The set-up alone is enough elicit giggles if not guffaws: narrated by what appears to be the same guy who narrated the opening to ‘Baseketball‘, it explains how the future became so damned dumbed down, showing moderate IQ-ed couples justifying their limited propagation whereas low IQ-ed spread their seed and legs like out-of-control bunnies.

The picture then shows us how society gradually devolved, to the point that Fuddruckers’ name eventually becomes Buttfuckers, and is a kid-friendly restaurant. On a similar note, everything seems to be sexualized, with even Starbucks offering happy endings with their coffee. And Costco is so huge, that people need shuttles to get around.

Naturally, corporations have completely taken over. Brawndo, the Thirst Mutilator, has bought out the FDA and forced its product on a moronic public – so Brawndo is now found in water fountains everywhere instead of water. And they even began to water their crops with the stuff – which is why the country’s agriculture is in crisis.

Um… not that anyone has a clue that this is the problem.

It takes Bauers (a.k.a. Not Sure) to make the connections, once he’s arrested, barcoded and tested – after visiting St. God’s Memorial Hospital for help and refusing to pay the insane medical bills. And after escaping prison by outsmarting everyone there, in a scene that is reminiscent of the crucifixion bit at the end of ‘Life of Brian‘.

When Bauers is discovered to be the smartest person alive, President Camacho, a former wrestler, insists on making him the Secretary of the Interior. This leads to a series of complications, as Bauers goes head-to-head with Brawndo, crashes the economy and puts tons of people on the street – even though he’s doing the “smart” thing.

While I find many of the concepts in ‘Idiocracy’ very funny, sadly the movie suffers from a limited scope and a relatively small budget. One gets the feeling that Judge could have made a much better film if he’d been permitted to spend more money, showing us international idiocracy and taking Bauers through a few more hilarious scenarios.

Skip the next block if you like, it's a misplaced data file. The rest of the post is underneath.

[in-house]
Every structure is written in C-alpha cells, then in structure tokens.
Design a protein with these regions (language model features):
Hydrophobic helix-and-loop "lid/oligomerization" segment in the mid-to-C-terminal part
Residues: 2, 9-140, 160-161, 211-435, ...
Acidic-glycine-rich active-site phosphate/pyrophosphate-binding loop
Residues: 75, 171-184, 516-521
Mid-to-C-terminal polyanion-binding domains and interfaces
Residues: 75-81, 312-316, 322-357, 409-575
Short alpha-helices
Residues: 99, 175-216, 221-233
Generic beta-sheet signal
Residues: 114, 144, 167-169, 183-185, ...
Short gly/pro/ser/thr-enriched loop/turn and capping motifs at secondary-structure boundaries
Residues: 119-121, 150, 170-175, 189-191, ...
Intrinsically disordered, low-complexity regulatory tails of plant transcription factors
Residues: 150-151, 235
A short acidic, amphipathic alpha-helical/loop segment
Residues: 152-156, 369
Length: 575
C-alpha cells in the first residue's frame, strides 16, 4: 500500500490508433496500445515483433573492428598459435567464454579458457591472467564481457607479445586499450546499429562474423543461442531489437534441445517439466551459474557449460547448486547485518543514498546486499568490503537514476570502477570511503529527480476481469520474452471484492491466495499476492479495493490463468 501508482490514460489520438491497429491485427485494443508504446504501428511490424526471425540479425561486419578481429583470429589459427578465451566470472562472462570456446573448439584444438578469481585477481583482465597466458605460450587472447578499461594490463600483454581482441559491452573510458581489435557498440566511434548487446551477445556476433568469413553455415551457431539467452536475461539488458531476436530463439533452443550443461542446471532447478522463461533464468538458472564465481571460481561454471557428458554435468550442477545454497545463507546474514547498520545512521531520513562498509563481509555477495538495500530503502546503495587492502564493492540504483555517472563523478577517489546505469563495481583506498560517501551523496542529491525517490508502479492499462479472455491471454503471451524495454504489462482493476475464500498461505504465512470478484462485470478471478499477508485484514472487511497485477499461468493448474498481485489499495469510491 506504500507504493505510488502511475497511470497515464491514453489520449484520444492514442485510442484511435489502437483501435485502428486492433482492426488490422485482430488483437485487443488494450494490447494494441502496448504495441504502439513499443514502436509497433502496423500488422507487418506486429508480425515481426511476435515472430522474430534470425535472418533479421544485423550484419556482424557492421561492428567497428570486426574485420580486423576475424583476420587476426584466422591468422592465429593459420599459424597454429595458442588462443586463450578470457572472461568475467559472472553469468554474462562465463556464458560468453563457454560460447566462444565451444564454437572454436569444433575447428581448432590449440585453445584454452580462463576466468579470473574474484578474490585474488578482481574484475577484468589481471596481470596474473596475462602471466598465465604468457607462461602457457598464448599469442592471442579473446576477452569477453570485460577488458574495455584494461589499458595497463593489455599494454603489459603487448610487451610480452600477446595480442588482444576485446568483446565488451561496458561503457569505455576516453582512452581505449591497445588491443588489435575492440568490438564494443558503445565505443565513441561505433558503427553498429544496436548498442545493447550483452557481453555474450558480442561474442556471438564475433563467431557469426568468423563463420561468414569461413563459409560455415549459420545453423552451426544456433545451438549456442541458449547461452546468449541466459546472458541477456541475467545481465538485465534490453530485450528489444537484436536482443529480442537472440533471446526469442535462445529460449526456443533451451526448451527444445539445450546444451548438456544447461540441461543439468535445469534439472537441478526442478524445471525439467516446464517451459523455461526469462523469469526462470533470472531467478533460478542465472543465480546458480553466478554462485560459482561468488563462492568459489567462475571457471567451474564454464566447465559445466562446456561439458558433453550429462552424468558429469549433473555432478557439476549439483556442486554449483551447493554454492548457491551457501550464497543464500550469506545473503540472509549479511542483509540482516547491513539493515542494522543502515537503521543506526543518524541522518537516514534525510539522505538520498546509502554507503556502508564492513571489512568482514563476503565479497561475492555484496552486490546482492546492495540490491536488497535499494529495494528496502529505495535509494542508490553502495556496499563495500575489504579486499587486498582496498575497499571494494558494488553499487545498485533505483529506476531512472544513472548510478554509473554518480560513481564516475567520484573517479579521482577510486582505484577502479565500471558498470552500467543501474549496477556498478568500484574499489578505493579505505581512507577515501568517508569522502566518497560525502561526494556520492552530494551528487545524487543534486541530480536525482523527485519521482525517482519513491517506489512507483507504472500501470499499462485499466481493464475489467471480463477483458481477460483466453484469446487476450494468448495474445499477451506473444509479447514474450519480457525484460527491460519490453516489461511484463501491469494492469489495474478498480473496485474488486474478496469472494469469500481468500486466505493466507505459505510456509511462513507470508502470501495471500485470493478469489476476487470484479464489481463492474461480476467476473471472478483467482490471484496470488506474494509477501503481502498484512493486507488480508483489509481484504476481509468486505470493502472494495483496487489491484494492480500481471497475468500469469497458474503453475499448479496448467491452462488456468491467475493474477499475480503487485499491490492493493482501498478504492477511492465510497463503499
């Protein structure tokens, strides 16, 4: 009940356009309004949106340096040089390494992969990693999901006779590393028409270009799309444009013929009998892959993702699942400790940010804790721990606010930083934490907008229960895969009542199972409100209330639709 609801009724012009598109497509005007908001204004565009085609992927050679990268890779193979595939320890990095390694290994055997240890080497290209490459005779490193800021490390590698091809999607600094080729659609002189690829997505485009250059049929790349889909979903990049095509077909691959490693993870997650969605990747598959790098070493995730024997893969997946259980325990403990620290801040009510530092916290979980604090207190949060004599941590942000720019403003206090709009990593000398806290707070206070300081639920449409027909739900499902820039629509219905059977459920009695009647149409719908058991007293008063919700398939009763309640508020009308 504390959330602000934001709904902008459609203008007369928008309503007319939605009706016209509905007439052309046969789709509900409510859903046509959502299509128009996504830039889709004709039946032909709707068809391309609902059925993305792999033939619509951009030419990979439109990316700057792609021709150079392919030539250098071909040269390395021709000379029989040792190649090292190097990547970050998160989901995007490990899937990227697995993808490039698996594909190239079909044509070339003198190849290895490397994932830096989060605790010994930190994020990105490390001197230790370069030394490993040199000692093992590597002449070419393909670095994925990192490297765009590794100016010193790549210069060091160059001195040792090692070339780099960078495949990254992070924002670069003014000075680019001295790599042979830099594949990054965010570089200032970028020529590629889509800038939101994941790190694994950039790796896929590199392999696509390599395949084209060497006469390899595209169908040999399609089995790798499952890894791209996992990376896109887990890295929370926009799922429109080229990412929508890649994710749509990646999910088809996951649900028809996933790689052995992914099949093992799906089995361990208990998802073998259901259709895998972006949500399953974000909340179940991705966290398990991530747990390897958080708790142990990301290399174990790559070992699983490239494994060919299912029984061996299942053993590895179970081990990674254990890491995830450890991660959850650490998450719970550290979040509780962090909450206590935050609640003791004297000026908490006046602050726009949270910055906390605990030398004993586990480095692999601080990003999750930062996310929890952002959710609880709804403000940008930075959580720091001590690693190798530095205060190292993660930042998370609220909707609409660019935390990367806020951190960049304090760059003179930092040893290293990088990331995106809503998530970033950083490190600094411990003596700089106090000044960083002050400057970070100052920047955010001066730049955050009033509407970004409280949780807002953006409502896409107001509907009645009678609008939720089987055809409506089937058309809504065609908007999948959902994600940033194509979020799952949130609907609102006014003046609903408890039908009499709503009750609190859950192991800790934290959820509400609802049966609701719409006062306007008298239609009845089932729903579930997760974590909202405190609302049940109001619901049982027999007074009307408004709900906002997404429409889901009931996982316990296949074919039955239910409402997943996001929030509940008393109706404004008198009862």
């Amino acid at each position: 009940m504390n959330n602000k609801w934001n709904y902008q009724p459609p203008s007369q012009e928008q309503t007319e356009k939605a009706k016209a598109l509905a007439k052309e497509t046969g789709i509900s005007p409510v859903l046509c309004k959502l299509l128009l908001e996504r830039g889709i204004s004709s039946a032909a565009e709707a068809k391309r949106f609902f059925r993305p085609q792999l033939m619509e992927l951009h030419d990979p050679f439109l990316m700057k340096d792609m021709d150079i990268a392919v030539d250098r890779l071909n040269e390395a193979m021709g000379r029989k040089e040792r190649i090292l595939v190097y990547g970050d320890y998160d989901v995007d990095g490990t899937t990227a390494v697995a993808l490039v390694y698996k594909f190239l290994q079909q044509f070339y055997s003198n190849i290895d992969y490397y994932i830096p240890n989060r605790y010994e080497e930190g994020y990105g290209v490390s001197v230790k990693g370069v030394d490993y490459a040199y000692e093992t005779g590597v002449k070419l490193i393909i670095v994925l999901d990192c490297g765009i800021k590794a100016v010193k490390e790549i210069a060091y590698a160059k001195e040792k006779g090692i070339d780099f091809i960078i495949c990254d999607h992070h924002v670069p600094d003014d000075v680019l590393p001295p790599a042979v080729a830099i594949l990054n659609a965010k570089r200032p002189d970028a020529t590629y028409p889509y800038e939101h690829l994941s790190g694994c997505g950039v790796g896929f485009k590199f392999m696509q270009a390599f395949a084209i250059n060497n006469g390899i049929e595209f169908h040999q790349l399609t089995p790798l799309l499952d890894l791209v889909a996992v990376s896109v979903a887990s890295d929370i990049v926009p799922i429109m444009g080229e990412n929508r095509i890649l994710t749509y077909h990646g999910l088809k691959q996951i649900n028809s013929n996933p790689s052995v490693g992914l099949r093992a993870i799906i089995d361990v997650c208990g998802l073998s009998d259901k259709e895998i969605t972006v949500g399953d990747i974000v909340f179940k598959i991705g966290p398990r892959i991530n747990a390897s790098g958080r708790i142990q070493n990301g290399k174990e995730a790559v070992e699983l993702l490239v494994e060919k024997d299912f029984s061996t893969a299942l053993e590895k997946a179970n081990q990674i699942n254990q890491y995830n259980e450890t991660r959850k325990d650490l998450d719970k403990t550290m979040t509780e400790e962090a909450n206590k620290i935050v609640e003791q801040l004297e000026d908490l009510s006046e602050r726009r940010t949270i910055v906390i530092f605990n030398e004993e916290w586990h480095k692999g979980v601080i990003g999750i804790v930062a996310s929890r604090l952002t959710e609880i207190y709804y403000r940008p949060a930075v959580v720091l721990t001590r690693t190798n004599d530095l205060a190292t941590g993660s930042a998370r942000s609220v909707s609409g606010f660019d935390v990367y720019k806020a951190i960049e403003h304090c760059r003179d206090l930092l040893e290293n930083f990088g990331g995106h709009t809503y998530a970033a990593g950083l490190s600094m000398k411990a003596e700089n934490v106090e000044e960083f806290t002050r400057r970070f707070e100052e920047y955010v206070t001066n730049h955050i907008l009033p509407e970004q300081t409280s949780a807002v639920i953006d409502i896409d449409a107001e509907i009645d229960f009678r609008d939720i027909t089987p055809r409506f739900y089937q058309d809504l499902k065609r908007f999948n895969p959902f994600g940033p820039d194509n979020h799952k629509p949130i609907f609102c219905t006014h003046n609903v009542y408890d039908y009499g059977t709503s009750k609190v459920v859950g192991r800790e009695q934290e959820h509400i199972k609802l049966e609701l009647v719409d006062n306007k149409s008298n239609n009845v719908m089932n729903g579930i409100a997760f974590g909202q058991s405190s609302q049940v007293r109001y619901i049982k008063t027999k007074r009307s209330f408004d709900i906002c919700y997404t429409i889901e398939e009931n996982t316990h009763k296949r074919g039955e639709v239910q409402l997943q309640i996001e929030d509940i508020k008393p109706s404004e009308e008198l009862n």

But, given that it was made on give or take three million dollars, it’s pretty decent. After all, the picture’s not just about the gags, which are sometimes side-splitting, it has to show us the future, which includes garbage wastelands, crumbling infrastructure, and technology of the like we had better never see. They really stretched their budget.

And the laughs do come ample enough, indicating that Judge served a decent enough script – though most of the humour is at the expense of total numbskulls. It’s a world fashioned in the image of today’s white trash and surfdudes, people with no conception of the world outside their limited mindset – and that can offer endless derision.

But this may not be enough for all audiences. Though it makes some fine observations along the way, ‘Idiocracy’ ironically taps into the lowbrow side of its audience by reaching for such superficial humour. So it essentially perpetuates that which it decries – though not to the same degree as, say, a television show like ‘Ow, My Balls!’ does.

Still, it’s worth seeing, even if it can be very dumb; when one considers that, in 2016, the electorate has been so dumbed down that it could actually consider Conman Cheetos as their President, it’s almost a must. Mike Judge may not have had designs on divining the future, but it appears that he’s come close – closer than he’d ever anticipated.

Or  ever would have wanted.

As fiction, ‘Idiocracy’ is a hilarious satire of modern North American society.

As reality, however, it’s f-ing terrifying.

Date of viewing: October 9, 2016